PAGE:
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Monday, November 18, 2013

Coastal and Offshore Bottlenose Dolphins

On Saturday, November 9th we headed south to Long Beach where we took an afternoon sea life cruise with Harbor Breeze Cruises. With traffic always the big unknown, we got there a bit early, and had an hour or so to bird around the harbor. There were hundreds of western grebes, but I couldn't find a Clark's grebe among them. Other highlights were the brown pelicans, surf scoters, eared grebes, royal terns, and a black phoebe.

As we headed out of Rainbow Harbor aboard the 85' catamaran Triumphant, we passed the Queen Mary and the Queen Mary Dome where the Spruce Goose used to be housed.


Not far out, we passed the buoy where a pair of masked boobies had been regularly seen. Unfortunately, they hadn't seen them in about a week when we were there. I like the California sea lion that found his way to the second level, though:


The sea conditions in the open Pacific where amazingly calm. We ended up going 12 miles offshore, and the whole way it looked like this:


We didn't have to go that far, however, to encounter our first bottlenose dolphins of the day. Just like we have two different kinds of orcas that frequent the Salish Sea, there are two different populations of bottlenose off the California coast: the coastal and the offshore populations. Despite living in such close proximity to one another, they're genetically distinct. Not much is known about them, but we had a naturalist on board who was taking photo ID shots to help a researcher who is trying to estimate the population size of the local dolphins.

Look at all those scars! Click to see a larger version

We encountered four or five different groups of bottlenose throughout the day, including members of both populations. They were all very interested in bow-riding, give us nice close looks, at times from straight above.


It was amazing to see all the scarring not only on the bodies, but the damage to the dorsal fins, which is the main way they ID different individuals. The shapes varied wildly, too, but check out the injuries some of these dorsal fins have sustained:

Distinct notches

Missing the top of the fin



What was really striking seeing the dolphins bow-riding was how big they are: about 10-12 feet long! Way bigger than the Dall's porpoises that bow ride in the San Juan Islands. Of course there's not much to compare them to size-wise in these photos, but I love the way these shots turned out:





 


We saw several calves throughout the day, too. They were quick and hard to catch on camera! This is the only decent shot I got:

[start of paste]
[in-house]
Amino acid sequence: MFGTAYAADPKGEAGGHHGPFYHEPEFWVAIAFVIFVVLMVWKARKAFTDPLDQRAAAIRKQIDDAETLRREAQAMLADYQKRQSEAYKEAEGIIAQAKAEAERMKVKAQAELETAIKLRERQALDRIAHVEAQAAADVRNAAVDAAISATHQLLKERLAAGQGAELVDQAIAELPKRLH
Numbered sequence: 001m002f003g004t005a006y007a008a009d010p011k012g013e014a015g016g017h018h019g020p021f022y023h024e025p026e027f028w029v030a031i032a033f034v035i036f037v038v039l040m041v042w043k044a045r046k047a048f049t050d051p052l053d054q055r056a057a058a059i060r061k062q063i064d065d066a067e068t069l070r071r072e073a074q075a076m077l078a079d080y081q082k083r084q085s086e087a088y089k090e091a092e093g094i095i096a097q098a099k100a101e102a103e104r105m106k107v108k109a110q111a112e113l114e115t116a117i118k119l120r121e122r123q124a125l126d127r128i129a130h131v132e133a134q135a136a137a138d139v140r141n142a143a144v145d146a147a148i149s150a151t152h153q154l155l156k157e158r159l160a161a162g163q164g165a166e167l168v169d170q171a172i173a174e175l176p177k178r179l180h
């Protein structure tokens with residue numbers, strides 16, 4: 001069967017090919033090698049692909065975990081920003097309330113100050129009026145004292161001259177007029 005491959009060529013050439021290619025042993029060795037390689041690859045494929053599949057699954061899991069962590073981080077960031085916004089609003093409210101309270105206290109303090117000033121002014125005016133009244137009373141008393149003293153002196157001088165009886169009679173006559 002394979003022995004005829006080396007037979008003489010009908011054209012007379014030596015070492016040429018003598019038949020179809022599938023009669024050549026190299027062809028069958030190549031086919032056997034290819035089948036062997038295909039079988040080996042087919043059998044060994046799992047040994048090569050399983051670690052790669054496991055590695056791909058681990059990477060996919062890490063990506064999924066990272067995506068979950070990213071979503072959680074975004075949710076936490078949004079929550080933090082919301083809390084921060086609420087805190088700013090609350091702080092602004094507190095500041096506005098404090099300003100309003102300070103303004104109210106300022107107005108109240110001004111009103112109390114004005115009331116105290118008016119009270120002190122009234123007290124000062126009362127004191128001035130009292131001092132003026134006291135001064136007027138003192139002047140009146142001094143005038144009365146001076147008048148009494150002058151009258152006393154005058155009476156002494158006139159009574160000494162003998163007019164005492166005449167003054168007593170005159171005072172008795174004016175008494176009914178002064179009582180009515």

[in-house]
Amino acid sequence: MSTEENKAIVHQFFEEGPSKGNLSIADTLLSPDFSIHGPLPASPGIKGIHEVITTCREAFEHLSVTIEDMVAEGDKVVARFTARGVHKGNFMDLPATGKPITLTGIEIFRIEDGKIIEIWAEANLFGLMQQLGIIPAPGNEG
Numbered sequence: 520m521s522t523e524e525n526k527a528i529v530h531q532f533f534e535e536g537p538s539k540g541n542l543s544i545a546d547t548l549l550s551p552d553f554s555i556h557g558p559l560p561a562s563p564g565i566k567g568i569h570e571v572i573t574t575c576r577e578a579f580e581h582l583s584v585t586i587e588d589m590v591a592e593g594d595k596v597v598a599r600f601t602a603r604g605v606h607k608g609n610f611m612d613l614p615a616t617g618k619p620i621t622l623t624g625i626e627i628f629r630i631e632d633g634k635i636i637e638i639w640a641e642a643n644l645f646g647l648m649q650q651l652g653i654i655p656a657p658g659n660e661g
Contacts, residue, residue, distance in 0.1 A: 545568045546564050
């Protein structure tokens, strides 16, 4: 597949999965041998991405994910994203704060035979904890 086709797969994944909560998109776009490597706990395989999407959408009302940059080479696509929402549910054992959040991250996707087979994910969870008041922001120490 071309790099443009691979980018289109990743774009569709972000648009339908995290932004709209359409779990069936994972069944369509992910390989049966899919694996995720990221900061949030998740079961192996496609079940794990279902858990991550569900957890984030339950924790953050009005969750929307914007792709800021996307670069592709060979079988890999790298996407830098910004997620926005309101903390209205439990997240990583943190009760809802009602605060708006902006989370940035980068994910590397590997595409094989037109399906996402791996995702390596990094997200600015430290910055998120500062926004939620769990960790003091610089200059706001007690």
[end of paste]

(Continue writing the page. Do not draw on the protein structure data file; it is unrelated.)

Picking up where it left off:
It's such a special thing to watch cetaceans underwater, in their element. They are such graceful beings, swimming so effortlessly!


In addition to the dolphins, I was hoping to see some pelagic birds out there, but it was surprisingly quiet bird-wise. The most bird activity was when the dolphins were around, and I'm afraid the dolphins took precedence. I did see a single sooty shearwater (190):


Just before our turnaround point we saw some more splashing in the distance. Hoping for Risso's or common dolphins, two species they regularly see in addition to bottlenose, we headed out that way. It turned out just to be more bottlenose dolphins! I was really hoping to see one of the other species, which I haven't ever seen before, but this last group of bottlenose were the most playful of the bunch, and a real treat to see. It was also the biggest group, with maybe about 30 animals.





On our way back, I was keeping an even sharper eye out for birds, and spotted about half a dozen black-vented shearwaters (191, NA life bird 352). It's an even worse picture than of the sooty shearwater, but hey, when it's the first time you've ever seen a bird, you take what you can get!


So concluded our wildlife sightings for our four days in California, as it was time to head back north the next morning. I had to get the camera out on the plane again as we approached Seattle, as the Cascade Mountains were impressive out the east side of the plane:

I think this is Mt. Jefferson? Not sure what that dark line was from.
Mt. Rainier from about 10,000 feet, right before we descended into the clouds above Seattle

2 comments:

Vera said...

Really enjoyed this post!

jill said...

Cool! Yea I think that's Jeff, but that black line is odd! Was Hood the next volcano north?

when kayaking in the Sea of Cortes years ago we had the pleasure of a free show put on by a group of wild dolphins all around us, who were leaping in pairs out of the water all around, it look just like play. don't know what kind they were but Sea of Cortes is likely a tipoff.